I agree with everything else you said.
One last thing: I don’t think @oldhip has done any math at all, not just the wrong math. The 3 or maybe 4 claim was completely made up. At first I thought there was an error made where Hawkins votes in each State were maybe added to loser D senate votes (and 100% of Hawkins votes no less) but I don’t even think Hawkins got nearly this kind of vote big enough to swing races (Green vote was noticeably depressed). And I’m too lazy to do that meaningless exercise because Green voters are plenty capable of voting non Green down ballot so any reallocation algorithm from from Presidential race to Senate race is completely ridiculous.
Well, in this instance we can assume that because it’s a hypothetical and that’s the premise. Hence the qualifier “by the same reasoning”. I don’t know what the exact reasoning was (if there was any) behind Oldhip’s Senate claim, so I just addressed the most common Green-bashing argument. And I did note that it’s bogus, but for the sake of those who cling to that reasoning nonetheless, I’m just pointing out that the same reasoning would, in like fashion, reach the conclusion that Trump should have been the winner in Wisconsin. So even without going into whether or not the reasoning is valid, what it means is that both conclusions are joined and would have the same justification, so they stand or fall together.
Just to add, Project Lincoln and other anti-Trump conservative groups did push third party libertarian voting, such as in Lindsey Graham’s race. The whole point was to shave off a point or two in the case of a close election knowing some conservatives would never vote for a Democrat. Didn’t matter much in Graham’s case, but it could have in others. Folks like Reed Galen are pretty smart long-time campaign hands and they definitely don’t agree with the idea that third parties can’t help swing a close election—I heard him say so on a podcast. It’s always possible their efforts, while not successful in South Carolina, were successful elsewhere.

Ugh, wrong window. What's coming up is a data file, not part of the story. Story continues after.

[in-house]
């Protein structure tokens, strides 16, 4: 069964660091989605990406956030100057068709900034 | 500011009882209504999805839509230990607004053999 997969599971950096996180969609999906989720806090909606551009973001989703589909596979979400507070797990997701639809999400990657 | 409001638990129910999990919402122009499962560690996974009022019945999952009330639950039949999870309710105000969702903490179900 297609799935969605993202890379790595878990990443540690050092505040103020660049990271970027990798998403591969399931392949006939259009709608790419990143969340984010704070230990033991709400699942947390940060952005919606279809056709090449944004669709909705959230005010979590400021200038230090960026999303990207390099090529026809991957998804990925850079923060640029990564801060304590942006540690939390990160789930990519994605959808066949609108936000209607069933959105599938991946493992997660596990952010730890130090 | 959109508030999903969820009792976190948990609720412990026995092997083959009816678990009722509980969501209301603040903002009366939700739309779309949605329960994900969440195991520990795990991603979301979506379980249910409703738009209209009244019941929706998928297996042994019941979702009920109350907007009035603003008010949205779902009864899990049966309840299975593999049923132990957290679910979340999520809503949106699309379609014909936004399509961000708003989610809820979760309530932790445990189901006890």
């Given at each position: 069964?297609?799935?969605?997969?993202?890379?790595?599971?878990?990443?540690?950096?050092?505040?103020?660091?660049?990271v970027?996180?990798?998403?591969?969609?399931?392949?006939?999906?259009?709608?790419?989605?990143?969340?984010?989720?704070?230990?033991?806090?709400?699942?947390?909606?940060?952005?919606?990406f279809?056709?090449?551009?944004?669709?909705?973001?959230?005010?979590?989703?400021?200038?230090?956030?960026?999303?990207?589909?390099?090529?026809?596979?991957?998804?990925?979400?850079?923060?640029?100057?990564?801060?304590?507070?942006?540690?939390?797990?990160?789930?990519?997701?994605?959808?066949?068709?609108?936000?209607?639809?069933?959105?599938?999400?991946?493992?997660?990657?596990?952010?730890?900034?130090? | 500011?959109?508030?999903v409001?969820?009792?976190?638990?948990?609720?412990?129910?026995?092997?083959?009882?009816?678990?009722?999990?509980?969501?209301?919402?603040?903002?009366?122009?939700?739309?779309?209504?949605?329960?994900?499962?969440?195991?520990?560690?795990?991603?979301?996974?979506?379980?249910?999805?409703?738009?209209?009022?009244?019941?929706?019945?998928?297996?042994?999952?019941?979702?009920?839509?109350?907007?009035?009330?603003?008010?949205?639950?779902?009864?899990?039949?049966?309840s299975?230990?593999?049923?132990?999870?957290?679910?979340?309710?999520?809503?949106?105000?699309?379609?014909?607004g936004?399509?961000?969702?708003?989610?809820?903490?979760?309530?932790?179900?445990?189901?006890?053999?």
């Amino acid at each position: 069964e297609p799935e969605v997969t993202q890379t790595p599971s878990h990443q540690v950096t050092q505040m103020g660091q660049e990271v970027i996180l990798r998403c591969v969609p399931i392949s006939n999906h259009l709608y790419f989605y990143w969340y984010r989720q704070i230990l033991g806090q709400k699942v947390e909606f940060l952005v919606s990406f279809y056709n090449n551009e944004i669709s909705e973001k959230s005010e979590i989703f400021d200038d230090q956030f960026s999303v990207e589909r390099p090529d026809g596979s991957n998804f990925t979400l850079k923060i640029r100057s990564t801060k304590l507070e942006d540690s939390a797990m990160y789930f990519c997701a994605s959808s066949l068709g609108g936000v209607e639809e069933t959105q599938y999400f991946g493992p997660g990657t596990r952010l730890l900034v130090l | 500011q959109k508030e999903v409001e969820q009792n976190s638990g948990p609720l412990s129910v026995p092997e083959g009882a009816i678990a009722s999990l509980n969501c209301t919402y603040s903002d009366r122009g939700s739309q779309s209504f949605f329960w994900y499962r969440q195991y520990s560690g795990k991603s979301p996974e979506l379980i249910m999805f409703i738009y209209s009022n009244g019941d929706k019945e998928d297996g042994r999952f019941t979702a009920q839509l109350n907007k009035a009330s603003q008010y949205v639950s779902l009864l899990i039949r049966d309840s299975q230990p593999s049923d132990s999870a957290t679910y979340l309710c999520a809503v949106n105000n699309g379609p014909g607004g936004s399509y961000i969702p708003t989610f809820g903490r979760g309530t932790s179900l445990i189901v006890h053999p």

Also, the duopoly parties are fine with the present voting system, because it leads to lots of us fighting among ourselves about wasted votes, lesser evil voting, and blaming each other for “voting wrong” and costing the “rightful owner” of our votes the election (see @oldhip above for a particularly deranged example).
With RCV (or Score Voting or Approval Voting or STAR Voting), this infighting among voters largely evaporates. So the Duopoly studiously ignores these simple improvements to voting technology that are available.